Wednesday, February 15, 2012

Let Justice Be Served

The slow and often creaky wheels of justice are finally turning, in the case of the Urewera Four.
The four remaining members of the "Urewera 17" - Tame Iti, Emily Bailey, Te Rangikaiwhiria Kemara and Urs Signer (described as armed revolutionary leaders by the Crown) - were arrested in an Oct.1997 police operation in the Urewera Ranges, after extensive surveillance on what's alleged to be a Tuhoe terrorist training camp.
The four are charged with illegal possession of firearms and being in an organised criminal group: they've pleaded not guilty - while Signer used the words "I'm innocent of all charges", a ploy oft used by radicals to say "Because I don't recognise your authority over me, I'm innocent of your charges".
Outside court, the usual gaggle of protesters and supporters, holding flags and banners showing their allegiances: Tuhoe, the Mana Party and the Maori separatist flag.
Before the case began, Tame Iti said he was ready to "debate the issues". Sorry, sunshine - you're in court now, not a three-ring circus! He likens the case to colonial oppression of Tuhoe in the 1860s and feels unsure if he'll get a fair trial. He took a light-hearted approach, saying he'd make himself as comfortable as possible, find somewhere to have a sleep and possibly do some art over the next three months. This flippancy merely underscores the contempt in which he regards the court and the NZ legal system: remember, this is the man who 'brown-eyed' the Queen!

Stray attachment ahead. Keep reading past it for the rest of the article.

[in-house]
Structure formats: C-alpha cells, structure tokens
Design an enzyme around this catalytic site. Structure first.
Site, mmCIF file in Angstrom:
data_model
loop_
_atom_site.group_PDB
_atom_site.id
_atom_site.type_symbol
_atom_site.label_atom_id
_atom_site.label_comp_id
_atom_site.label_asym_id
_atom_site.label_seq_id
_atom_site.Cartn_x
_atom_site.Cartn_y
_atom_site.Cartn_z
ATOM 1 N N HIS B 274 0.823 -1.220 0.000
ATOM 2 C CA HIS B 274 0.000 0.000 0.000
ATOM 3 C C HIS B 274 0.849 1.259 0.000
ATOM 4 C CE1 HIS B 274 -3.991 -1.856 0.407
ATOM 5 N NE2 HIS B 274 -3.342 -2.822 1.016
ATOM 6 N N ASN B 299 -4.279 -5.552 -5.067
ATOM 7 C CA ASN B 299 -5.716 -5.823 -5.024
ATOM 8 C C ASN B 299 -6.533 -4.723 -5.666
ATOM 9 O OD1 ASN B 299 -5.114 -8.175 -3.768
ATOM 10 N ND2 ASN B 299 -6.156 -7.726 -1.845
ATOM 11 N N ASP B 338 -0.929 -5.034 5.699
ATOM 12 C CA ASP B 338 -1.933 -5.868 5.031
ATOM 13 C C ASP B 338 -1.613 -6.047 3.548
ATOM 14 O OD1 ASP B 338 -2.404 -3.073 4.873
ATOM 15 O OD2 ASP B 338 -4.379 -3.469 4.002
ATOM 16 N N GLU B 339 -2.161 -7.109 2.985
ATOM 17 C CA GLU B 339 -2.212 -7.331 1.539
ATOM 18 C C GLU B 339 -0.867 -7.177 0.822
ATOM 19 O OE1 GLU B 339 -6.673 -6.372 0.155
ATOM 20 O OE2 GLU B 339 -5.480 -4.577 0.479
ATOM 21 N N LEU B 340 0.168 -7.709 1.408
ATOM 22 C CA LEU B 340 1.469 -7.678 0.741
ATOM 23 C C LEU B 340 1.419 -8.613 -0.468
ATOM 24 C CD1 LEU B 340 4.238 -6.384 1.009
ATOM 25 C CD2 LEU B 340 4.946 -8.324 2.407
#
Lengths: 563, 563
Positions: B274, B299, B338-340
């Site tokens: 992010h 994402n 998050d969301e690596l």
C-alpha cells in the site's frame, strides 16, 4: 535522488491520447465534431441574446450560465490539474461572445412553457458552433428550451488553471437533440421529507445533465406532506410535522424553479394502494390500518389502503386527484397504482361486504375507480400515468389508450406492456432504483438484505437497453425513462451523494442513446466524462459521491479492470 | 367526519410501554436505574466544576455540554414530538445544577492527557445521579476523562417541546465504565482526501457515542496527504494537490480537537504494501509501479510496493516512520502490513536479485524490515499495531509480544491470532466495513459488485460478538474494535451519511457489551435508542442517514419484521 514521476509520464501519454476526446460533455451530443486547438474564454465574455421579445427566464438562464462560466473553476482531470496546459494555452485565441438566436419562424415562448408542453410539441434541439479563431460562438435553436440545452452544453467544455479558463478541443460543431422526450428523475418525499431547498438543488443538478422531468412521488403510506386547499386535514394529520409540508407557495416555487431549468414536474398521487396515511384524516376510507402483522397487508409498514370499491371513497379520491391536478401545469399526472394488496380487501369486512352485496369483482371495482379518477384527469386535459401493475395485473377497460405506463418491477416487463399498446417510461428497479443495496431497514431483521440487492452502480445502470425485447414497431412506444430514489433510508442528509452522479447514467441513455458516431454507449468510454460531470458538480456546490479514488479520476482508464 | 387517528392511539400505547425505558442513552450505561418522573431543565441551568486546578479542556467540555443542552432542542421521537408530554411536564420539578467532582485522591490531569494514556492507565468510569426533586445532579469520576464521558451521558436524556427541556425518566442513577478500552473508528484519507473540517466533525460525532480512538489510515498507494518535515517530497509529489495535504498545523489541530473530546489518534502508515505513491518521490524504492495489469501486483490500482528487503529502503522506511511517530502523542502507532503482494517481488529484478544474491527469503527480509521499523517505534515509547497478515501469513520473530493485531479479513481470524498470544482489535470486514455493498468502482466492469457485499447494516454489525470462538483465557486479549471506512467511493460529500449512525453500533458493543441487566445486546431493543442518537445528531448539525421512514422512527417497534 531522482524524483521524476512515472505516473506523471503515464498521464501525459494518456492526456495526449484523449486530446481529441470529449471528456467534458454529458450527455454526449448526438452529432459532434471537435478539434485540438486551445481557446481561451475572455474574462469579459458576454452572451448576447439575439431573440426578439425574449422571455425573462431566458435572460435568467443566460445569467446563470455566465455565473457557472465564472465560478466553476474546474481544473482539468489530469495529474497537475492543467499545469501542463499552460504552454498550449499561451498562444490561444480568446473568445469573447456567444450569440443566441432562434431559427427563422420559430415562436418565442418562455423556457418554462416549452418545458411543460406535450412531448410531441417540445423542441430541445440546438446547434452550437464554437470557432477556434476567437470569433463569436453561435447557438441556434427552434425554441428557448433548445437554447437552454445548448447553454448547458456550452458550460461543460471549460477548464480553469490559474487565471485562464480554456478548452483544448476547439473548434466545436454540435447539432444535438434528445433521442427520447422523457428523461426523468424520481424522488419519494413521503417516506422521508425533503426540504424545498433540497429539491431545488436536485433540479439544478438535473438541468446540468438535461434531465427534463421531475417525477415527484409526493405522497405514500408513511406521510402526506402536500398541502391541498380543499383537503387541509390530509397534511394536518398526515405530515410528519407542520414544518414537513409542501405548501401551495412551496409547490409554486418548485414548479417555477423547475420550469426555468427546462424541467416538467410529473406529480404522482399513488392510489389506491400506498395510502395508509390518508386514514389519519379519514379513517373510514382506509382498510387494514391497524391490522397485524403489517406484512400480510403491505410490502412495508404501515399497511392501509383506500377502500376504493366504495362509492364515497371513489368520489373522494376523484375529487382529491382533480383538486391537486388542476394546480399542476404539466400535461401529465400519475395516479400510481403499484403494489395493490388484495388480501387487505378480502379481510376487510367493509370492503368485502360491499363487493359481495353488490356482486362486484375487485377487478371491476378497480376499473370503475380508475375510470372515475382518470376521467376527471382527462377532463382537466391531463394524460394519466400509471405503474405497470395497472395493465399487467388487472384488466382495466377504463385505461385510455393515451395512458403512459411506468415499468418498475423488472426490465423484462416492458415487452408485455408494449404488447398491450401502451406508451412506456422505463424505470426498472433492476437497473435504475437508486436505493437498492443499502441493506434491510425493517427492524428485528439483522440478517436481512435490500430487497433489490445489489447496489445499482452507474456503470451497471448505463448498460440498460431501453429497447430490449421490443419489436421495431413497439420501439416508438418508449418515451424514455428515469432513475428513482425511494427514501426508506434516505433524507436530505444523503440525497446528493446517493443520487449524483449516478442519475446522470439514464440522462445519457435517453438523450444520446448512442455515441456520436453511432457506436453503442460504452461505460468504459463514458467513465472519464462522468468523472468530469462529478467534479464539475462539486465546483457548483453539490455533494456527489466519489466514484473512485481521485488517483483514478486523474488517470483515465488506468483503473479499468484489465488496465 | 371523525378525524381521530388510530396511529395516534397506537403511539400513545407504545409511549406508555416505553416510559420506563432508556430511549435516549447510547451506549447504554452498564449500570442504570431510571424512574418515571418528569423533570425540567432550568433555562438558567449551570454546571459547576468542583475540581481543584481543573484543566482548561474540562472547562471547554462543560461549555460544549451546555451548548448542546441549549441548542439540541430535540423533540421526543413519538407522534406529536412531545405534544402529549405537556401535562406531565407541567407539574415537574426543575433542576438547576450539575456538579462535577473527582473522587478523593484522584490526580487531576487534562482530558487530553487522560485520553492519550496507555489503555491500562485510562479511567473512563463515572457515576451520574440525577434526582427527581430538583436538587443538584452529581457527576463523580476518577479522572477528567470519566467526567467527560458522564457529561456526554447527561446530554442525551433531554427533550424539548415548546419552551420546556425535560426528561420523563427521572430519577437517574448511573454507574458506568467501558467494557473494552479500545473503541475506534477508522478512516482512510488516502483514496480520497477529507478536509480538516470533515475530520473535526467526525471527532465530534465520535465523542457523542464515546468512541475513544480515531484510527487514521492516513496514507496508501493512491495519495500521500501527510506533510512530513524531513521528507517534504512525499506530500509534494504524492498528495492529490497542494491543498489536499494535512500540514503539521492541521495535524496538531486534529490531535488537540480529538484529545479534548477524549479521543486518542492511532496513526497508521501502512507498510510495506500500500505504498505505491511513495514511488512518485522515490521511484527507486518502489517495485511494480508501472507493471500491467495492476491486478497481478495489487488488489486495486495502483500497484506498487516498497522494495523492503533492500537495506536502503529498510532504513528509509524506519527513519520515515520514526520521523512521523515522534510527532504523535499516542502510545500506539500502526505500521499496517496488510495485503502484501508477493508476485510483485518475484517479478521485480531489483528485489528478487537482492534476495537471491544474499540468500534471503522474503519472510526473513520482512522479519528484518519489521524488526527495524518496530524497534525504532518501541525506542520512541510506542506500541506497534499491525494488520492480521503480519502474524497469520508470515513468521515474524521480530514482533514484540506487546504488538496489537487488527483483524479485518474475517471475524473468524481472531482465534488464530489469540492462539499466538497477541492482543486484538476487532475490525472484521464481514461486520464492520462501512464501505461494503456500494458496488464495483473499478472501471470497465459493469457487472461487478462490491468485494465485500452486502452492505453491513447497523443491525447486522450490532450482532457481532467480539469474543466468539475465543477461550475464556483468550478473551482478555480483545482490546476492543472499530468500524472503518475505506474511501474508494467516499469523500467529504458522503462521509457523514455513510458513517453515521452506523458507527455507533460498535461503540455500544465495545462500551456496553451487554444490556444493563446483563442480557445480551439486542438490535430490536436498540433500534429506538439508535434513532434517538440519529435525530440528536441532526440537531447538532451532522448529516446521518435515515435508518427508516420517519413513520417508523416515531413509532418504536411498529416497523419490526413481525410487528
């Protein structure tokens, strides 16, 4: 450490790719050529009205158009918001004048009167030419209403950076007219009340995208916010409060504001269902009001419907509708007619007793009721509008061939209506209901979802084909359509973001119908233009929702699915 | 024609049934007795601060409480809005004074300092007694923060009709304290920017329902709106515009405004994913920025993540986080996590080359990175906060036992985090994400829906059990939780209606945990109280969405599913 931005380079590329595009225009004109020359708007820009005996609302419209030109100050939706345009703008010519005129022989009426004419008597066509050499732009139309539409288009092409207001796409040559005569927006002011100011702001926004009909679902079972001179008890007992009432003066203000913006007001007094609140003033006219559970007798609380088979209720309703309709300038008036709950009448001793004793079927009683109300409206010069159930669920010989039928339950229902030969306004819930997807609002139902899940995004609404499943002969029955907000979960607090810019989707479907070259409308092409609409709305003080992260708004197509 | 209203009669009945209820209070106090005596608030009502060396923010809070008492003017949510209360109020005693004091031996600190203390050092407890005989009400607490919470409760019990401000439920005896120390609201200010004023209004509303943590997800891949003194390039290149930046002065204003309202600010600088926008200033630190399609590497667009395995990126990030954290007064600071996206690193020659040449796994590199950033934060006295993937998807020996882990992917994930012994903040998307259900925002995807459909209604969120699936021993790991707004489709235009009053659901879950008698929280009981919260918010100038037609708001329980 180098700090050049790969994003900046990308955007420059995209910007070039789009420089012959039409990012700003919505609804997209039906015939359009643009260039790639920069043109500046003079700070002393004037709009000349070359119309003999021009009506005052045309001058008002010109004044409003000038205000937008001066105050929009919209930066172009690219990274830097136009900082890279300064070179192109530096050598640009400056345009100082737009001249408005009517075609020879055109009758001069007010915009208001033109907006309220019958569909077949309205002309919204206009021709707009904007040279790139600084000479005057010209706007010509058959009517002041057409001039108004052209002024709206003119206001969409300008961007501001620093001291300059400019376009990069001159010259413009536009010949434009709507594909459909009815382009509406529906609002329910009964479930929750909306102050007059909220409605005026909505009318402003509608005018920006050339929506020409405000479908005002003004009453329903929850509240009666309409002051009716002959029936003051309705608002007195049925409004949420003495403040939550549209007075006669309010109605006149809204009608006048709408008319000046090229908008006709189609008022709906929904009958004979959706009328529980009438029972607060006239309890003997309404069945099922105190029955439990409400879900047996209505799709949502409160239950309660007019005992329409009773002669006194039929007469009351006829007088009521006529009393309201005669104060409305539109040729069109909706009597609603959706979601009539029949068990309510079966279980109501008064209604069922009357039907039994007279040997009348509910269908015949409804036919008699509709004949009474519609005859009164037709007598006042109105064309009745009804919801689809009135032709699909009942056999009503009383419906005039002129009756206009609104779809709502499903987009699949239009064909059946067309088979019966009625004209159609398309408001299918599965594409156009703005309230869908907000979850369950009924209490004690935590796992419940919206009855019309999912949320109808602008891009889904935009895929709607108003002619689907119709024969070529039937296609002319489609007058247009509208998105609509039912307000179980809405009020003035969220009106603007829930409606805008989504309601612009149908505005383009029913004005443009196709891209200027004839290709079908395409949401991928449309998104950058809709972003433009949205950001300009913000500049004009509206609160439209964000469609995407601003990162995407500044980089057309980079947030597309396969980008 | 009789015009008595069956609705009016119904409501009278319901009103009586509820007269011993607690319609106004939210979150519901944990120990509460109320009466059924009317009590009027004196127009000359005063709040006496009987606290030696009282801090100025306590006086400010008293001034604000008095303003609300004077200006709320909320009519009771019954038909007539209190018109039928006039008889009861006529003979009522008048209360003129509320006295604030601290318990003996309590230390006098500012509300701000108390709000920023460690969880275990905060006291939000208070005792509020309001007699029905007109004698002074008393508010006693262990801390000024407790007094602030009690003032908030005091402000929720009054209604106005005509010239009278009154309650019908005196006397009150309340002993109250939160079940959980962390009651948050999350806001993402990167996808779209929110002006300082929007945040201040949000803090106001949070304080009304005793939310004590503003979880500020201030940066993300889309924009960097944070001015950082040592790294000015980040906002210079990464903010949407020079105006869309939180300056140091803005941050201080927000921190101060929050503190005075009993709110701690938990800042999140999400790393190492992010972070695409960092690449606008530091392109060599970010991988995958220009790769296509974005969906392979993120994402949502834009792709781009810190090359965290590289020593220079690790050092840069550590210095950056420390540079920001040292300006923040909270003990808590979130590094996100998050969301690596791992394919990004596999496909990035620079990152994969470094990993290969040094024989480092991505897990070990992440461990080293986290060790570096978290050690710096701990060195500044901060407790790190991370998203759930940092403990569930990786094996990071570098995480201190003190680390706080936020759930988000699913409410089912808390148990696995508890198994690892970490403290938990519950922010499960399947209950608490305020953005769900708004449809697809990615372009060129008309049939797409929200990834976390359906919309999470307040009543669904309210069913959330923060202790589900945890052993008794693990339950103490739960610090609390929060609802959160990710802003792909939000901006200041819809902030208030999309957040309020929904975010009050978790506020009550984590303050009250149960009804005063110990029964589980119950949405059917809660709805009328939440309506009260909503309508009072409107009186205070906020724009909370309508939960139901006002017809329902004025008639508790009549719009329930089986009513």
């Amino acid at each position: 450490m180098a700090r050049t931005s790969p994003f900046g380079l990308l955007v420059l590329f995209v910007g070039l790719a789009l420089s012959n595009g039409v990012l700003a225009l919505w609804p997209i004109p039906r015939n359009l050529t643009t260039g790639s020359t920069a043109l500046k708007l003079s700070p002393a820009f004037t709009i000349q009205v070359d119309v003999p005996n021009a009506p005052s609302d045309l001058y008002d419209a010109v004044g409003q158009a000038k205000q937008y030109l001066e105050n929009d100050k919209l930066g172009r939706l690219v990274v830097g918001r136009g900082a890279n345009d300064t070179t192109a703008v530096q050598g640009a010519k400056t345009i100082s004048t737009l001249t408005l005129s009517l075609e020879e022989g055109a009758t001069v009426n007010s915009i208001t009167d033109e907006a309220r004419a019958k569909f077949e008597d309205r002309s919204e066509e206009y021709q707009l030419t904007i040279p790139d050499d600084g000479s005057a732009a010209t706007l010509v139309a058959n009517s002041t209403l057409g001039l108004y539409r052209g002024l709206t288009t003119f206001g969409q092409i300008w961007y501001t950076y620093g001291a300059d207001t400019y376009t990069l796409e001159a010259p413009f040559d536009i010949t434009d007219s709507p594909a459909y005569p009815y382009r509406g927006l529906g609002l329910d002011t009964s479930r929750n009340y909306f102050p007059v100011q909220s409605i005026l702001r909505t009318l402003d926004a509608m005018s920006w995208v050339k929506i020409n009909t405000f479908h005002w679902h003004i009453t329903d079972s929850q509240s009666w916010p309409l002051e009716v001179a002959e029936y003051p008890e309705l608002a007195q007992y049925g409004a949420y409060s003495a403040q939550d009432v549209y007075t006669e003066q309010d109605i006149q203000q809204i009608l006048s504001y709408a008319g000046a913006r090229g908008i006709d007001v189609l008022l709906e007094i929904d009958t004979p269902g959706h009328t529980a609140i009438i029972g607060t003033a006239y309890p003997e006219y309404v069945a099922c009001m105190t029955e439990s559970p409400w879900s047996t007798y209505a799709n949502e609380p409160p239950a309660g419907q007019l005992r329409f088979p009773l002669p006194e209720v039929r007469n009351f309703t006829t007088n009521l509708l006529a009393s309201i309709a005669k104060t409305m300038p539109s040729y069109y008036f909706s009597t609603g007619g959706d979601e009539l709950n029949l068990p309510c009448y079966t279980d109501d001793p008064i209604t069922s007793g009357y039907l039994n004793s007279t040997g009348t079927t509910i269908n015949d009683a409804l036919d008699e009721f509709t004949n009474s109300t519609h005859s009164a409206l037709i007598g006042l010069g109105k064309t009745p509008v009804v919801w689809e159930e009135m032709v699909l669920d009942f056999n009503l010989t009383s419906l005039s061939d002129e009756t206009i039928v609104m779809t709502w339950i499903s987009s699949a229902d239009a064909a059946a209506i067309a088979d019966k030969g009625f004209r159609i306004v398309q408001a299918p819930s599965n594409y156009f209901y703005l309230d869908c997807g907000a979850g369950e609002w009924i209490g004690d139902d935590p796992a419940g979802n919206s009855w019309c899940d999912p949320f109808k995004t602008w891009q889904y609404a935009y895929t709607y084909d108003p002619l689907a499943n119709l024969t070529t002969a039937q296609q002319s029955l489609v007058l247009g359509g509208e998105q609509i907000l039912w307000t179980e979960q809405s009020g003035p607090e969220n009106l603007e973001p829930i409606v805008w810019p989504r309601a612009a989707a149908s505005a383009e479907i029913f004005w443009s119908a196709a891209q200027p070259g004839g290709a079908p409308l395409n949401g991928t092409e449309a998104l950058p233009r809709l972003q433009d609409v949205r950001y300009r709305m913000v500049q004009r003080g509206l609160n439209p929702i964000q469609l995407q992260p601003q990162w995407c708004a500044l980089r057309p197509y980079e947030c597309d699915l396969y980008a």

Mana Party leader Hone Harawira is calling the Crown's case "deeply racist" but, as always, Hone Bro needs to familiarise himself with the definition of the word racist before using it...because no-one's uttered anything of the sort! Has the Crown, the police, any commentators said Tuhoe, maori or the defendants are sub-human? Or that because of their ethnicity they're inferior? If Hone expects the four to get preferential treatment because of their ethnicity, that expectation is borderline racism.
Maori Party MP Te Ururoa Flavell takes a more mature approach, hoping the evidence will help the public "find out what actually is behind this". He says Tuhoe have been "tarred with the brush of being terrorists" and it's important the truth is exposed.
And that is indeed the purpose of a trial: to ascertain the truth and, if needed, deliver a punishment. Though some may wish to spin it as racism, this trial is simply about the laws by which everyone in New Zealand must abide.

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